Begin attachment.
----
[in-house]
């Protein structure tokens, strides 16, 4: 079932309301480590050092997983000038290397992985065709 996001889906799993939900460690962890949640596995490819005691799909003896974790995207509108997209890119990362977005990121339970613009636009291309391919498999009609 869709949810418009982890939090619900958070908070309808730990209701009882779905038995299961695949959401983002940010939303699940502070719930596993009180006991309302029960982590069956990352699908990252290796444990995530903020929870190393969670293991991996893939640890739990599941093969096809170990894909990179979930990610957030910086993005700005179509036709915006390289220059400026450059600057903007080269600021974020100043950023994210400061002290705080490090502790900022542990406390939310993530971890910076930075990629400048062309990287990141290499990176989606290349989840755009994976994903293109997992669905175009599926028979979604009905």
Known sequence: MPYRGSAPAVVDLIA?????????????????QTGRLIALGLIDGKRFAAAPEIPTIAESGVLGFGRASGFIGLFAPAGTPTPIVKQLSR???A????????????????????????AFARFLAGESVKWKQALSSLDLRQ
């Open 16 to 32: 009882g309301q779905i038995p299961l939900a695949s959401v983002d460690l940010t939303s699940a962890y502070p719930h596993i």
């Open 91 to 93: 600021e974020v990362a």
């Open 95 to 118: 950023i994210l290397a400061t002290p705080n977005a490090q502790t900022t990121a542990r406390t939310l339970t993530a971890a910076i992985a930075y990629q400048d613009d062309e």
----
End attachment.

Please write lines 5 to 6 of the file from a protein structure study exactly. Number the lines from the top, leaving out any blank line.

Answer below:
């Open 91 to 93: 600021e974020v990362a």
């Open 95 to 118: 950023i994210l290397a400061t002290p705080n977005a490090q502790t900022t990121a542990r406390t939310l339970t993530a971890a910076i992985a930075y990629q400048d613009d062309e």